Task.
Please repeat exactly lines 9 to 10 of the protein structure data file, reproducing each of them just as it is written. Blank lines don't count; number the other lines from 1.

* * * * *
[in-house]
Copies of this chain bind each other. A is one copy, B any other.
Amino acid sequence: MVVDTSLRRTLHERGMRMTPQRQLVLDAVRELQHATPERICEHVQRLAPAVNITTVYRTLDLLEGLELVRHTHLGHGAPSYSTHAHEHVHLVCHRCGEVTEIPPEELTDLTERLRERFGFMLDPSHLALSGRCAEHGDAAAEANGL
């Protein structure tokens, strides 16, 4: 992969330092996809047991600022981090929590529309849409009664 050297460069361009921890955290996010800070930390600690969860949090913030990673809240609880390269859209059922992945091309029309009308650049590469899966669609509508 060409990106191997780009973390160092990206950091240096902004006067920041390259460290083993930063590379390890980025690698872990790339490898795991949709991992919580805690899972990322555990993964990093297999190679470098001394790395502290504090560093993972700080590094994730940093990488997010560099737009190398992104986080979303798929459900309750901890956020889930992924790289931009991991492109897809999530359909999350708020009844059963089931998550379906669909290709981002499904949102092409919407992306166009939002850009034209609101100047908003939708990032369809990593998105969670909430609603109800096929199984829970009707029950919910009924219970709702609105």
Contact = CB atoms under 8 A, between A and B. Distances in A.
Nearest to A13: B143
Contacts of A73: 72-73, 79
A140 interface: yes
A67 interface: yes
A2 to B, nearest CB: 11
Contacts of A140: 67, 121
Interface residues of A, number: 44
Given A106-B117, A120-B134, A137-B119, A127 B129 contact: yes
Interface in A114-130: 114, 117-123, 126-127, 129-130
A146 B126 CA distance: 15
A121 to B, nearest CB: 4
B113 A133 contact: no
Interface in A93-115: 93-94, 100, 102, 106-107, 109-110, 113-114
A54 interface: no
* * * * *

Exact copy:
A67 interface: yes
A2 to B, nearest CB: 11